Good Friday and I’m at the plant nursery tearing up looking at trees. Do these shed their leaves in the winter? How tall will they get? How fast do they grow? I really don’t love the fact that since we took out our old oleanders our neighbors can see into our shower…
These are all things I might say to someone if anyone was around, but the nursery is the size of a zoo, the plants on display are the only ones around to tell you their story and it’s becoming increasingly more obvious that I am no plant whisperer. I’ve killed at least three succulents since November.
Mom always says it’s cloudy on Good Friday, but this year it’s about 85º, which is also kind of sad since California couldn’t need rain more.
I sent Dave an email mid-week to see when he was planning on heading back to our house from Ocean Beach. We would’ve called him, but since no one we know in the San Diego area owns a Nokia C1 from 2002 he can’t charge his dead retro phone and has had to resort to borrowing computers to email us. His most recent message to me from the day before reads:
“been killing it, so fun shooting peir, i’m gonna show up prob tomorrow afternoon and hang for the evening, i might bring a chick”
I take a bunch of pictures of the trees I like before I leave so I can try to identify them with Google and head to the store to get the ingredients for Taco Crunch for Scott, me, Dave and the “chick” he might bring over.
He’s there at four and we sit around Sprout’s nursery as Scott assembles the closet organization system and Dave tells us stories about going to get a burrito in Pacific Beach the night before. “Picture it,” he says.
“I’m outside of this Mexican restaurant while this preppy looking college kid stumbles out drunk, pees himself, drops his burrito and then falls into both. The best part is he’s wearing a VIP badge. My friend tried to film him, but I stopped him because it was just too pathetic. The guy was texting someone. We don’t know who he was texturing, but we joked that it was a chick off tinder and he was gonna crawl up off the ground just in time to get scooped up by some hot chick. You could just make that really happen.”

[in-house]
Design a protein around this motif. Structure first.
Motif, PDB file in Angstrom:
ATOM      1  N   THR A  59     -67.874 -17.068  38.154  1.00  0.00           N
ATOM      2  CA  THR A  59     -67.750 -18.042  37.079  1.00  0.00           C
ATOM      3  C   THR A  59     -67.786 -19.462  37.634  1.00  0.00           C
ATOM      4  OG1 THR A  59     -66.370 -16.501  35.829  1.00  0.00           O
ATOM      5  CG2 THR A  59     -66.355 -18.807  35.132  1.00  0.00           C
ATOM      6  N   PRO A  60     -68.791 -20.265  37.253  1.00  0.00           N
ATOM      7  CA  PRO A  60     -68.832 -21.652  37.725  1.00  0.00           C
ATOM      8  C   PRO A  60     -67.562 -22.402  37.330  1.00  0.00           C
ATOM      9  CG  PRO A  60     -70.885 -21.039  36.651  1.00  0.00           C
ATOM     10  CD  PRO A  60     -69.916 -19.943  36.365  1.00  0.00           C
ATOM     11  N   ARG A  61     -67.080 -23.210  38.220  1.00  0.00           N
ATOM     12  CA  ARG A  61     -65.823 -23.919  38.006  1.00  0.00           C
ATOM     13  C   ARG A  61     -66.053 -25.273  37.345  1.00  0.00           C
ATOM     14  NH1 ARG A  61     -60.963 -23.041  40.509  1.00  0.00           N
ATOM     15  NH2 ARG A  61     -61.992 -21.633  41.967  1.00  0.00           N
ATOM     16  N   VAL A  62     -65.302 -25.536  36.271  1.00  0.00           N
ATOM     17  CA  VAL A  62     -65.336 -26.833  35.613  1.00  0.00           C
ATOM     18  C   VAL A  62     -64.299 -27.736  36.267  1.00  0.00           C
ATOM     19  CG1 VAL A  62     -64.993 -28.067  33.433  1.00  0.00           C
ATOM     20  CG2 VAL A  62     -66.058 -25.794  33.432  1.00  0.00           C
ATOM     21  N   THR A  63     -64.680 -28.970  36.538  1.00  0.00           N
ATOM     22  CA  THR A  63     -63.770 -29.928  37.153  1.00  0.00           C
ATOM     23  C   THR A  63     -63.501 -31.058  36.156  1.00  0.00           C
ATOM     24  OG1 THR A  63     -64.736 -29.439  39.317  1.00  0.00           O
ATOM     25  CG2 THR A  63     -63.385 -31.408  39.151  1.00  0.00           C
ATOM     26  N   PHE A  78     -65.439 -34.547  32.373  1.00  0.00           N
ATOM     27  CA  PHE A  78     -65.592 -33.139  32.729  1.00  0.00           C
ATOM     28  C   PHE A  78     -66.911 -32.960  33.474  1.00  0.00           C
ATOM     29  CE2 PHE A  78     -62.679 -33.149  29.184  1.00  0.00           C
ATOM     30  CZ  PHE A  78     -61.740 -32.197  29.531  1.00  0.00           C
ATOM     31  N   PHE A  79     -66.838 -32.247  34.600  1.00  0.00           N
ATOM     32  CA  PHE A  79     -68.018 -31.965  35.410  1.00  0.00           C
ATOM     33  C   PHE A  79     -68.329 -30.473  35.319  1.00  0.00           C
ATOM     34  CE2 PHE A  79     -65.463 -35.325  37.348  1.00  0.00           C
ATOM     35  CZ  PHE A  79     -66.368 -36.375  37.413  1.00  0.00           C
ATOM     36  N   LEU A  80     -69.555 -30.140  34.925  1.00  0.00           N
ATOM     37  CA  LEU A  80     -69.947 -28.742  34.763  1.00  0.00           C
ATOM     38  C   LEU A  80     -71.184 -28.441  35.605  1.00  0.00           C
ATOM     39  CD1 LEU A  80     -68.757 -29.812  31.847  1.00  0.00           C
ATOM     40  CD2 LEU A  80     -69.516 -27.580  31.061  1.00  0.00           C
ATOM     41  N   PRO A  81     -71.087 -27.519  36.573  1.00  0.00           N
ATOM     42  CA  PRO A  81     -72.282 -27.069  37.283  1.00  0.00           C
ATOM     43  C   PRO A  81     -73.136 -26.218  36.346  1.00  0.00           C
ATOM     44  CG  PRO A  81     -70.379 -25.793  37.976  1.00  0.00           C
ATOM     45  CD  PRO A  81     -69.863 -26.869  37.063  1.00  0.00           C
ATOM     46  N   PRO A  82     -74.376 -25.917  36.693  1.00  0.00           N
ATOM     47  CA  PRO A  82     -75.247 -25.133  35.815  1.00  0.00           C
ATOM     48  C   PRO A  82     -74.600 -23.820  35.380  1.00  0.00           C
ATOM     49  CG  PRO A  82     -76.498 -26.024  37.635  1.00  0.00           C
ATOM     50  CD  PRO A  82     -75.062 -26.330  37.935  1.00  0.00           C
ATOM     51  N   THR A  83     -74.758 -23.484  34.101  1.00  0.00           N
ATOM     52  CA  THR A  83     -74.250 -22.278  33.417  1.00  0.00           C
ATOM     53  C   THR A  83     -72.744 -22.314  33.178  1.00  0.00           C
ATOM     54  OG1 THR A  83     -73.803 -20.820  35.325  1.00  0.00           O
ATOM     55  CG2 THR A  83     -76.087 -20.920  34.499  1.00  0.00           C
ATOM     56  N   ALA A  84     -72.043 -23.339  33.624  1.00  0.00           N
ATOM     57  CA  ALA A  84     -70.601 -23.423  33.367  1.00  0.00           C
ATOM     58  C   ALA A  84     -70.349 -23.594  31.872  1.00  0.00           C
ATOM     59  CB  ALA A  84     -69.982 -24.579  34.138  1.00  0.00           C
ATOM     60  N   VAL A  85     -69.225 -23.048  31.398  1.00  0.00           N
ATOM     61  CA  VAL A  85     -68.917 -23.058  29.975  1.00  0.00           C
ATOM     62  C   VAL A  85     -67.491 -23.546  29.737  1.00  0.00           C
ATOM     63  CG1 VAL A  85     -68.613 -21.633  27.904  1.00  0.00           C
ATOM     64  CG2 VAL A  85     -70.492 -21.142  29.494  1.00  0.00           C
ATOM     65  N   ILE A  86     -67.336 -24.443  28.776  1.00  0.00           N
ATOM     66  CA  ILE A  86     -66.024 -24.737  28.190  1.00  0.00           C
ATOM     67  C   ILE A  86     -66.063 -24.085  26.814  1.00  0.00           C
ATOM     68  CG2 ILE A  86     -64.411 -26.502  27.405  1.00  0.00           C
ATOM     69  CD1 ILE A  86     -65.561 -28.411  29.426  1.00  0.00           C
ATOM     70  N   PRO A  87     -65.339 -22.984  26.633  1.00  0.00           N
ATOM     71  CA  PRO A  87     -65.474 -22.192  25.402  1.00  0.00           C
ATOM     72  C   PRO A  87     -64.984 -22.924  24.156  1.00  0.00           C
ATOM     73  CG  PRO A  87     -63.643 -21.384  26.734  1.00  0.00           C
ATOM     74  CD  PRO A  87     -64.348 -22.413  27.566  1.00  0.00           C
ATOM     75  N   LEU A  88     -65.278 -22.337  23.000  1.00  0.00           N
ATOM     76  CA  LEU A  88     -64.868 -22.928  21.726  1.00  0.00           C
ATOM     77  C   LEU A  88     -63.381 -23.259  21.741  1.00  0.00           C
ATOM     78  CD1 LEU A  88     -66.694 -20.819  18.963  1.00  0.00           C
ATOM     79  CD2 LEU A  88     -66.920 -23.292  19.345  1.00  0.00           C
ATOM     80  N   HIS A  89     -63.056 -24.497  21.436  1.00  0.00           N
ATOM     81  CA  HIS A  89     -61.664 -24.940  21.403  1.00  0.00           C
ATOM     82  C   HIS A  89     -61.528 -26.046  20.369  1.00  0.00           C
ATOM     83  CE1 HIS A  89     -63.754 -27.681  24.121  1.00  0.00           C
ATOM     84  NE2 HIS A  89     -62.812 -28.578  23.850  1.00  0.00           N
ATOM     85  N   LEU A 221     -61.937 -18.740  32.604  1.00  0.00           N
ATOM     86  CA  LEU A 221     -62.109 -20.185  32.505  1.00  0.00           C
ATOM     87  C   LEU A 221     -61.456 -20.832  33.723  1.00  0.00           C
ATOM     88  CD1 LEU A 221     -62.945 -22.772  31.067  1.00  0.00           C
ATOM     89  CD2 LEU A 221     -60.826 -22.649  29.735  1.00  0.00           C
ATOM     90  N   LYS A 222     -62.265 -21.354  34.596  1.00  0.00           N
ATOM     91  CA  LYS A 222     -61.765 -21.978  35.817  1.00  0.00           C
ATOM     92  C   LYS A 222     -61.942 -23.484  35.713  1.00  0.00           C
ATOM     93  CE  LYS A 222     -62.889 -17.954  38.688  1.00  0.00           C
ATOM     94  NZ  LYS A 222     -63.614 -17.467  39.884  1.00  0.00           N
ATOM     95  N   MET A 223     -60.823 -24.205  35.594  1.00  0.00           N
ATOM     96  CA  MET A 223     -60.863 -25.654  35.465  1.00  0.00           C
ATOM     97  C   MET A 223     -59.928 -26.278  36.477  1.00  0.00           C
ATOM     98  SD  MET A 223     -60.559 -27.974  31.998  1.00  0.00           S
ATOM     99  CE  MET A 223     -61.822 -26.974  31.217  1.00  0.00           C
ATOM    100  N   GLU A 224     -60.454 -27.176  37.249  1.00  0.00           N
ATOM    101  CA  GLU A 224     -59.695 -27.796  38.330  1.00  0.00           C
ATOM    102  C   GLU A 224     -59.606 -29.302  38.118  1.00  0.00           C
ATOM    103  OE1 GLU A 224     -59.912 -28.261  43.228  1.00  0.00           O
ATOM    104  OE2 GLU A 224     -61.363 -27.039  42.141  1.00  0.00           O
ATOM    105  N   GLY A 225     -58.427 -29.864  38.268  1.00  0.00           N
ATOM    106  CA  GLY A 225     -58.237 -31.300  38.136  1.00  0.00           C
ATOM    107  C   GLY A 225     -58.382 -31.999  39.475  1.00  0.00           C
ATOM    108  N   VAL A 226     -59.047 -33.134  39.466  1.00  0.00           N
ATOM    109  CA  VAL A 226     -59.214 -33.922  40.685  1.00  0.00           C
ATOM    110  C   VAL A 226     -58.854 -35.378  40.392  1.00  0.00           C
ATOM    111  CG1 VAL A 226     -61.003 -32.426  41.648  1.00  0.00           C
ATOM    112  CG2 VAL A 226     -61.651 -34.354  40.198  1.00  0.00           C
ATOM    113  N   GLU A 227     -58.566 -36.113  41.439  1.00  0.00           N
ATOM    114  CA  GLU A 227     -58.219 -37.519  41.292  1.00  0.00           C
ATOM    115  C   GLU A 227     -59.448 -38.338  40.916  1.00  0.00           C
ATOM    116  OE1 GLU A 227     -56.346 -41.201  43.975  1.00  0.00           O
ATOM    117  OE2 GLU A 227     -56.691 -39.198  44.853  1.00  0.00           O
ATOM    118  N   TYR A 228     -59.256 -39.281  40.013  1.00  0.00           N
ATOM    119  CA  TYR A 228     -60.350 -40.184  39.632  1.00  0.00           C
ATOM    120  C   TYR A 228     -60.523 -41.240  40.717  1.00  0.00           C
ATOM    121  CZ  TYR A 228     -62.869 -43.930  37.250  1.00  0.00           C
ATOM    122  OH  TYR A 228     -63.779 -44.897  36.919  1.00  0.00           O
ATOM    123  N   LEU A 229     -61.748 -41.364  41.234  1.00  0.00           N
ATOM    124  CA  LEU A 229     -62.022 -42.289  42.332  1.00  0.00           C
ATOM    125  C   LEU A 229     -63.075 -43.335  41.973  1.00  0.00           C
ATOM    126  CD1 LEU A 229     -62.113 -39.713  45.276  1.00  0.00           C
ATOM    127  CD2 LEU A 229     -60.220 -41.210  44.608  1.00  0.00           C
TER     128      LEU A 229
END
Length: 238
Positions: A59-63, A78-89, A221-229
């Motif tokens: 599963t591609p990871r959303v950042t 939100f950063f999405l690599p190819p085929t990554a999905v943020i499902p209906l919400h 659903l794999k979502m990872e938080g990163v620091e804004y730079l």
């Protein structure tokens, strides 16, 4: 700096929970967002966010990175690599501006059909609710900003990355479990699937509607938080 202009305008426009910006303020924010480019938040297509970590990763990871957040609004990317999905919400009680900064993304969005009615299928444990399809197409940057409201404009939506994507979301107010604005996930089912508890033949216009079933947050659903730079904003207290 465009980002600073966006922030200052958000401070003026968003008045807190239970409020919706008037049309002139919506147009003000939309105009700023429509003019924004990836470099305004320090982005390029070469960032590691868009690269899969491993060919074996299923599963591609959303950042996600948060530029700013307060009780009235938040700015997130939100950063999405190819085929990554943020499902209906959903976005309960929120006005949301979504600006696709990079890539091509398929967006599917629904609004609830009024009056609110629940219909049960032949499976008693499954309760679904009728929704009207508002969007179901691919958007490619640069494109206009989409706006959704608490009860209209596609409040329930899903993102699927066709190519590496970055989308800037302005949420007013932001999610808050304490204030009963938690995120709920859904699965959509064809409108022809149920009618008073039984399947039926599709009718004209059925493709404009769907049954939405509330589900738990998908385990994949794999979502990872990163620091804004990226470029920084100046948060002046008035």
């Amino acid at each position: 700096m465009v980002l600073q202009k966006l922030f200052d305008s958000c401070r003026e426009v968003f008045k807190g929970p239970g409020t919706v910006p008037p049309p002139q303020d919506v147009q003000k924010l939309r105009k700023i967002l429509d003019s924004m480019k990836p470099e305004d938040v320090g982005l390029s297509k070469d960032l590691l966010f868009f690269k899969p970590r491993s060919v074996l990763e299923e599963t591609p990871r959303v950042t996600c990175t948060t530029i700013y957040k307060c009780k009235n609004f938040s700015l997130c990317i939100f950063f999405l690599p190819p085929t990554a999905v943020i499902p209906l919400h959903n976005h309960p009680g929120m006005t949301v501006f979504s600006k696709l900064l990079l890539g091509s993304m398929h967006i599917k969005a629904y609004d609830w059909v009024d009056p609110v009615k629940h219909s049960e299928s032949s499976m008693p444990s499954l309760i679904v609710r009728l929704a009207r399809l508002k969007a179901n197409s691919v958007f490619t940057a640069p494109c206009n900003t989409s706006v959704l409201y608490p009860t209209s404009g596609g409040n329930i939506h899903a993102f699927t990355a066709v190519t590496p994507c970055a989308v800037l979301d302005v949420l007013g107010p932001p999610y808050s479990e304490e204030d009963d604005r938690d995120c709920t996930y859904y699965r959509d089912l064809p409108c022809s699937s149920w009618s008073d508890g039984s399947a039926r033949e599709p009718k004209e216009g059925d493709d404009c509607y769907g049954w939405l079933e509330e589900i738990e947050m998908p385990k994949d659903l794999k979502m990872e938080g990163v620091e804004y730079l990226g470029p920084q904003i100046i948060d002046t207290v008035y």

“These are exactly the kind of stories I’d hoped would be told in our baby’s nursery,” I say.
Later on the girl Dave’s invited over is on the phone explaining that she doesn’t want to come to dinner because she’s had a long day. Dave says one of three things will happen:
1) She won’t come in at all and will just honk the horn at the front of our house until he comes out.
2) She’ll come in with her two kids and we’ll all hang out.
3) She’ll just drive right on by all of us on the freeway and he’ll never see her again.
“I can’t decide which option I want,” I say. I had no idea she was going to bring kids until this moment.
Picture this: Scott and I furiously throwing together the meal, chopping lettuce and tomatoes, heating the tofu and refried black beans on high and setting the table with the nice plates we got as wedding gifts.
We find out that option #1 is chosen.
Dave anxiously packs his gear and is so beside himself that his awesome plan of having us all chill and eat taco salad didn’t work out that he says he can’t eat. He takes out a Ziplock bag and starts cramming Taco crunch into it; says he’ll eat later when he’s not so worked up. The bag explodes on the white counter: refried beans, chips, lettuce, salsa. A tupperware is offered instead. I can’t think of a worse meal to take “to-go” style.
We all wait on the porch for the girl to come pick Dave up. He says “How many more times do y’all figure we’ll see each other before we die?”
“Fifteen?” Scott says.
“That’s a little too optimistic. I say five to eight,” Dave says.
We all hug Dave goodbye and carry his stuff out to the girl’s car, hoping he’s wrong about how many more times we’ll meet.
These are things I can’t forget.
The next day is spent with my family celebrating Easter. I wear a Hawaiian print shirt that makes me forget I look pregnant. My sisters say I look more like Leonardo DiCaprio in the new school version of Romeo and Juliet.
We surf all day and have an Easter egg hunt. There are six eggs, one for each kid (my sisters and I and our significant others). Each has some money in it ranging from $1 to $20. If you get a dollar amount that’s low, you can put it back and try to find a higher amount. I try this, but get $1 eggs every time.
We take the dinner table outside and sit on the cliff. Dad’s always wanted to do this, but we never have. Everyone is laughing about Danielle imitating how a baby like Sprout would say her name. She sounds like a dinosaur.
These are things I can’t forget either.